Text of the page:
Into their own hands: Students vital in discussions on sexual assault

Posted on Oct 27 2016 - 10:01am by Zoe McDonald

*This article contains sensitive and explicit content 

Another in the myriad resources available to sexual assault survivors has emerged over the past year, one led by the most common victims: students.

Whereas the Violence Prevention Office is made up of Lindsey Bartlett Mosvick and one graduate assistant, and the Title IX office has one coordinator, Honey Ussery, Rebels Against Sexual Assault has drawn more than 350 students who now receive their emails, according to President Sydney Green.

RASA began as a suggestion at a recurring event on campus, the showing of the 2015 CNN documentary, “The Hunting Ground.”

International studies major Elizabeth Romary, then a sophomore, attended the event in spring 2015. There, she and other future RASA leaders planted a seed for change in the university.

This was the second time Romary had watched “The Hunting Ground.” Earlier that year, when she saw it in a crowded movie theatre, she realized for the first time that she had been sexually assaulted.

Until it happens to you

“When I really became aware of the issue was when it happened to me,” Romary said, calmly sipping her coffee as the evening bustle echoed through the atrium outside High Point Coffee during a recent interview.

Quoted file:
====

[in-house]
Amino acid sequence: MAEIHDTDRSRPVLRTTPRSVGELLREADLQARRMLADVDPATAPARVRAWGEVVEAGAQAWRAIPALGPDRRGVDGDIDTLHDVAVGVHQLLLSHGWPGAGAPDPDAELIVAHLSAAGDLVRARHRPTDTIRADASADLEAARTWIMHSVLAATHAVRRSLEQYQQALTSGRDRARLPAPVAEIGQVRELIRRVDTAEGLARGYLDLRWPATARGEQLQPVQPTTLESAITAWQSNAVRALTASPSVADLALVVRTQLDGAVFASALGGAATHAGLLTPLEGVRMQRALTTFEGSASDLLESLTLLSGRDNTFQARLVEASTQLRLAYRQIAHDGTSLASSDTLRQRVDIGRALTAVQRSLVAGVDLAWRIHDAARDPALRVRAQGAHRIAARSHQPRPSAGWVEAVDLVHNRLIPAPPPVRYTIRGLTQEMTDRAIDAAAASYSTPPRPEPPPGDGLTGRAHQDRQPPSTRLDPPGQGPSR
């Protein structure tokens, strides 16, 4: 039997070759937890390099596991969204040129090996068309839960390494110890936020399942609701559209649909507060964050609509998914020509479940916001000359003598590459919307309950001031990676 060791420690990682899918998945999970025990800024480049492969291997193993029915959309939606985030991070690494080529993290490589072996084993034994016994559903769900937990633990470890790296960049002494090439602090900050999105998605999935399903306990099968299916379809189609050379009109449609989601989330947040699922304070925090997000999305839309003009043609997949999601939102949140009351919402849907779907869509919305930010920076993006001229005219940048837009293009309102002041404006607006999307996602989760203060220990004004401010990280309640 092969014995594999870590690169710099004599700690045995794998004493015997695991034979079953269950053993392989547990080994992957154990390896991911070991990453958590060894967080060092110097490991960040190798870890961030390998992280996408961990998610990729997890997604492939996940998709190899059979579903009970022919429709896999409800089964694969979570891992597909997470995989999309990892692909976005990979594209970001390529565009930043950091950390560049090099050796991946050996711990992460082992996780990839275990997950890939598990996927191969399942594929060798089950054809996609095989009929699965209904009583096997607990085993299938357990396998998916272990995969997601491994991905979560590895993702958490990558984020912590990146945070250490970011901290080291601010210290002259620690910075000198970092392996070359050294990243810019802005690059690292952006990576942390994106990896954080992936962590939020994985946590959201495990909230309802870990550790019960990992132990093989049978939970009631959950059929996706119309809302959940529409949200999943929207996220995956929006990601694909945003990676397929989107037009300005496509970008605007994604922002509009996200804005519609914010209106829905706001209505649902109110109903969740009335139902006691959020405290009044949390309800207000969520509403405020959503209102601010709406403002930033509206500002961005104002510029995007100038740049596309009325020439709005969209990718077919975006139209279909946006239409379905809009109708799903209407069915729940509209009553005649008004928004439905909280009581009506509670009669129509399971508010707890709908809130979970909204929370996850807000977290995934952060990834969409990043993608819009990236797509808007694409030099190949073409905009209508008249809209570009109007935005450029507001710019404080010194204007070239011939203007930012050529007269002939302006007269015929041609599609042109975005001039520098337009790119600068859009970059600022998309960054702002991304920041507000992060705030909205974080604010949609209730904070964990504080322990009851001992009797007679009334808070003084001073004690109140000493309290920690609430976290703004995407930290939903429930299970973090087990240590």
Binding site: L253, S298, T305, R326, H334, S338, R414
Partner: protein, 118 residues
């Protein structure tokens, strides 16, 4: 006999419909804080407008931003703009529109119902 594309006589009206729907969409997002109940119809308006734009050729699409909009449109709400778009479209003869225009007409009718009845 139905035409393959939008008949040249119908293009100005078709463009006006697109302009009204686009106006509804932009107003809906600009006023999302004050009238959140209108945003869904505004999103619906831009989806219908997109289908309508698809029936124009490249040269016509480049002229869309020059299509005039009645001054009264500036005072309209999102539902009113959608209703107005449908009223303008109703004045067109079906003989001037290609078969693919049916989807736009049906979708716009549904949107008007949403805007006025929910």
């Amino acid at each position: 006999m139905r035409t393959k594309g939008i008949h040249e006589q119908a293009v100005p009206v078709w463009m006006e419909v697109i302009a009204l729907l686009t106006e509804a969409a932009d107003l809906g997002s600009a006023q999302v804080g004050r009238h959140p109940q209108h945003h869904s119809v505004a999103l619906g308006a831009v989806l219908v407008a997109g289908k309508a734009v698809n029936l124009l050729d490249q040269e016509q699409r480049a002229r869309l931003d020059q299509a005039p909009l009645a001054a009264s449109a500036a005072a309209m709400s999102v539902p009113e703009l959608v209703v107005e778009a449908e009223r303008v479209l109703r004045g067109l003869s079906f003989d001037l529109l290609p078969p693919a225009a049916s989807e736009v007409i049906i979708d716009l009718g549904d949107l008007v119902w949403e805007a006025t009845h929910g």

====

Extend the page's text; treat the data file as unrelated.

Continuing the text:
“I wasn’t raped,” she said. “What happened was sexual assault, but I didn’t know it at the time because it was not rape.”

About three years ago, Romary was entering the second weekend of her freshman year. She was at her first fraternity party with a group of friends.

Romary said she was hesitant to say it happened at a fraternity party, because “It does not reflect how I view those men.”

“So, I was with a group of friends,” Romary began matter of factly. “I wasn’t really drinking, so I was like, ‘I need to be aware of what’s going on around me.’ So we were there, and we were hanging out, and all of a sudden, I kind of got separated from them.”

Someone Romary hadn’t met before approached her on the large fraternity house balcony and began flirting with her.

Romary thanked him but wasn’t interested in anything more. She was dating someone at the time and told him so.

Suddenly, his hand went for the back of her neck, gripping her hard so that Romary said she could feel his fingernails in her skin. He pulled her toward him, and Romary said, “he legitimately shoved his tongue down my throat.”  Immediately, Romary pushed back.